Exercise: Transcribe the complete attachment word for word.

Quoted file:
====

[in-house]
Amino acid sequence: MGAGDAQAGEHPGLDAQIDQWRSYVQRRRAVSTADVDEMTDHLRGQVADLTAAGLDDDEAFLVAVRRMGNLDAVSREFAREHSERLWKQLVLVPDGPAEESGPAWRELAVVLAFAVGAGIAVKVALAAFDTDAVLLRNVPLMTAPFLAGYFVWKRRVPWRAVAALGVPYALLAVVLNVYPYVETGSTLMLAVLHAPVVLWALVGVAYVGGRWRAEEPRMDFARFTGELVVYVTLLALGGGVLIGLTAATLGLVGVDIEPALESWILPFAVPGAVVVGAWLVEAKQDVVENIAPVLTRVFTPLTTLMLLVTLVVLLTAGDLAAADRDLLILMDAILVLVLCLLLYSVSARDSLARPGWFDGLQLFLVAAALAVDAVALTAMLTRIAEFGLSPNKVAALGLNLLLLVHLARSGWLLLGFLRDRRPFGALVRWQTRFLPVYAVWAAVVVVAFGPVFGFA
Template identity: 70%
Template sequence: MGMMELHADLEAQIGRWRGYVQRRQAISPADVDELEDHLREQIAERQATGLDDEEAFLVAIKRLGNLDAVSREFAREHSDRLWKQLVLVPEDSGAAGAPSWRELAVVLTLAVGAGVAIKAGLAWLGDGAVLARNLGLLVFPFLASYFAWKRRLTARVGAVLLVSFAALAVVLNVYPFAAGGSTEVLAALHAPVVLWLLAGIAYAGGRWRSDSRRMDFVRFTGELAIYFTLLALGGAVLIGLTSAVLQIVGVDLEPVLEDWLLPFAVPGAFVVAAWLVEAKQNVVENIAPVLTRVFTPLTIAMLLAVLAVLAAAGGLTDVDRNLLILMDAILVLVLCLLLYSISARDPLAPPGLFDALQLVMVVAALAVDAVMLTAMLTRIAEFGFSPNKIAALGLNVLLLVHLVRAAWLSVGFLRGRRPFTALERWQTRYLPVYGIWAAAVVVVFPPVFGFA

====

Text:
[in-house]
Amino acid sequence: MGAGDAQAGEHPGLDAQIDQWRSYVQRRRAVSTADVDEMTDHLRGQVADLTAAGLDDDEAFLVAVRRMGNLDAVSREFAREHSERLWKQLVLVPDGPAEESGPAWRELAVVLAFAVGAGIAVKVALAAFDTDAVLLRNVPLMTAPFLAGYFVWKRRVPWRAVAALGVPYALLAVVLNVYPYVETGSTLMLAVLHAPVVLWALVGVAYVGGRWRAEEPRMDFARFTGELVVYVTLLALGGGVLIGLTAATLGLVGVDIEPALESWILPFAVPGAVVVGAWLVEAKQDVVENIAPVLTRVFTPLTTLMLLVTLVVLLTAGDLAAADRDLLILMDAILVLVLCLLLYSVSARDSLARPGWFDGLQLFLVAAALAVDAVALTAMLTRIAEFGLSPNKVAALGLNLLLLVHLARSGWLLLGFLRDRRPFGALVRWQTRFLPVYAVWAAVVVVAFGPVFGFA
Template identity: 70%
Template sequence: MGMMELHADLEAQIGRWRGYVQRRQAISPADVDELEDHLREQIAERQATGLDDEEAFLVAIKRLGNLDAVSREFAREHSDRLWKQLVLVPEDSGAAGAPSWRELAVVLTLAVGAGVAIKAGLAWLGDGAVLARNLGLLVFPFLASYFAWKRRLTARVGAVLLVSFAALAVVLNVYPFAAGGSTEVLAALHAPVVLWLLAGIAYAGGRWRSDSRRMDFVRFTGELAIYFTLLALGGAVLIGLTSAVLQIVGVDLEPVLEDWLLPFAVPGAFVVAAWLVEAKQNVVENIAPVLTRVFTPLTIAMLLAVLAVLAAAGGLTDVDRNLLILMDAILVLVLCLLLYSISARDPLAPPGLFDALQLVMVVAALAVDAVMLTAMLTRIAEFGFSPNKIAALGLNVLLLVHLVRAAWLSVGFLRGRRPFTALERWQTRYLPVYGIWAAAVVVVFPPVFGFA